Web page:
“It is a therapeutics that is offered to us. Philosophy is an illness of language… The true philosophy will therefore consist in curing itself of philosophy, in making every philosophical problem completely and definitively disappear … Wittgenstein continues (from the Tractatus to the Investigations) … to devote himself to the same mission: to bring a radical and definitive peace to metaphysical worry. Such a purpose imposes a certain literary genre: the work cannot be the exposition of a system, a doctrine, a philosophy in the traditional sense … [Philosophical Investigations] wishes to act, little by little on our spirit, like a cure, like a medical treatment. The work therefore does not have a systematic structure, strictly speaking (pas de plan, a proprement parler)” (quoted on p.17-18 of the intro to PL).

This and similar lines of thinking led to experimental attempts to blend the form and content levels of philosophical and literary works, most of which were hastily categorized as ‘postmodern’.  At the core of these attempts, the profound ambivalence highlighted by Wittgenstein has remained peculiarly active. Each new ‘product’ (the book, journal article, film, record, etc.) became/becomes another symptom of the same ‘illness’ it has been created as an attempt to cure.  Perhaps in part because most of these works are now taking place outside of any authentic traditional context, the intentionalities behind them suffer from the usual contemporary symptom of a lack of constraint. Here we can recontextualize Foucault’s own interest, toward the end of is life, in ancient philosophy and questions of ethics (although Hadot has articulated an important critique of F.’s approach). What is the goal of the author?  How does the philosopher’s own life, the practice of philosophy, impact its products, its texts? These questions are in fact wonderfully productive for Foucault, as evidenced by the recent rich translations of his College de France lectures of 1979-1984…

Part of the difficulty can perhaps be attributed to our generally insufficient contemporary understanding of the relationships inhering among the various registers of composition; what Rampuri calls the akshars (above) can perhaps be thought of as being almost-identical to, yet the opposite of Plato’s ideas, in that they are not (only) the purely formal objects to whose approximation operations within a given register (or medium) must aspire (like the thoughts that we try to approximate with our languages) but rather (and also) represent something more like spaces; openings, or passages, through which one may exit from the domain of a given register (i.e. an ‘objective reality’, a universe) and enter into that sacred realm of resemblances, which is itself both formless and necessary for the production of forms and their architectures. Recall (from Derrida, if you like) that any such speculation must take allegorical form. Mythology is not so easily discarded, as those who’ve been paying attention have known since Plato’s terrible experiment in liberating his people from the cruel yoke of their traditional culture. The myth that he created -the story of myth’s annihilation at the hands of truth- influenced the evolution of its culture in too many ways to count, along too many lines to trace.

Philosophy, then, can considered as an extension of the great mystery (educational) traditions into (and through) the written medium.  Hadot insists that indeed, this is how one should appreciate the philosophical works of the ancients.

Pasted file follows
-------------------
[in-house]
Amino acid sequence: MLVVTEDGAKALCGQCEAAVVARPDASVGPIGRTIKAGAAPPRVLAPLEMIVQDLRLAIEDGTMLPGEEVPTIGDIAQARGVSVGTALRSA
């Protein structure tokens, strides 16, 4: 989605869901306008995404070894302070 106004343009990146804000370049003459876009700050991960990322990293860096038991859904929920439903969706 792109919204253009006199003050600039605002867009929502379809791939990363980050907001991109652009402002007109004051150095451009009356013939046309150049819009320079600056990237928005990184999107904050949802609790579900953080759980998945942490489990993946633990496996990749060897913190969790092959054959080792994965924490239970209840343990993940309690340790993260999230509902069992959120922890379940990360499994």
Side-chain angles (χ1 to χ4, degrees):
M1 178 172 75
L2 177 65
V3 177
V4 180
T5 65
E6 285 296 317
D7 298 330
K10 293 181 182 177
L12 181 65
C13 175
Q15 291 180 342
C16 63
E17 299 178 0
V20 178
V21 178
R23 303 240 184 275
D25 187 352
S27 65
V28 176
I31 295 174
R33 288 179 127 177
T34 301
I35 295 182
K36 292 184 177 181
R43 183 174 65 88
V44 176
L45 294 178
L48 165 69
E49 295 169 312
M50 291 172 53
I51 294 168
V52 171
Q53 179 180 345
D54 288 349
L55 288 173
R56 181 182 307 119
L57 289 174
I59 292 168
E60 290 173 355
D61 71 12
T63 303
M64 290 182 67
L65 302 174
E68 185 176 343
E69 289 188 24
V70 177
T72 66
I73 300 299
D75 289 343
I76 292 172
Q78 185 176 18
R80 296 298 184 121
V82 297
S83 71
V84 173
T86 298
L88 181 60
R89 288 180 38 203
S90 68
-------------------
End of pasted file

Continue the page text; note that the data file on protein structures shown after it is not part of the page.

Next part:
“ancient philosophy, at least beginning from the sophists and Socrates, intended, in the first instance, to form people and to transform souls. That is why, in Antiquity, philosophical teaching is given above all in oral form, because only the living word, in dialogues, in conversations pursued for a long time, can accomplish such an action.  The written work, considerable as it is, is therefore most of the time only an echo or a complement of this oral teachings.” (p.20, PL)

“the written philosophical work, precisely because it is a direct or indirect echo of oral teaching, now appears to us as a set of exercises, intended to make one practice a method, rather than as a doctrinal exposition” (p.21, PL).

Today, having been captivated by the abilities of our own technologies (speech and writing) to produce out of themselves yet further technologies (internal combustion, electrical circuitry, computational hardware and software…), humanity has, to a more precipitous degree than ever before, forgotten this essential point: that our technical products have never been intended to be taken as exhaustive models of the world, but rather have been constructed for judicious usage as technologies of self, whereby we can model ourselves heuristically (and notice the recursive structure of this gesture). We are not attempting to arrive at a ‘complete’ scientific or philosophical description, but rather one which enables us to transform ourselves such that our individual and collective expressions can achieve ever-increasingly harmonious comprehension/compression/interaction/interdependence…

For Hadot, ancient philosophy “always endeavored to be more a living voice than writing and still more a life than a voice.” Which isn’t to interpret the ancients as simply saying “stop writing” (“stop checking facebook!” lol), but rather to call on the memory (Socrates names the goal and effect of philosophy anamnesis, ‘the loss of forgetfulness’) that the various media/technologies/registers of communication constitute parts of life (different manifestations of Rampuri’s articulation), rather than vice-versa. The latter illusion (that life is part of the medium; that the goal of theory is to include practice) is what I’ve been referring to loosely as inversion.

Talk:A-HH4199 5W – Studyplace.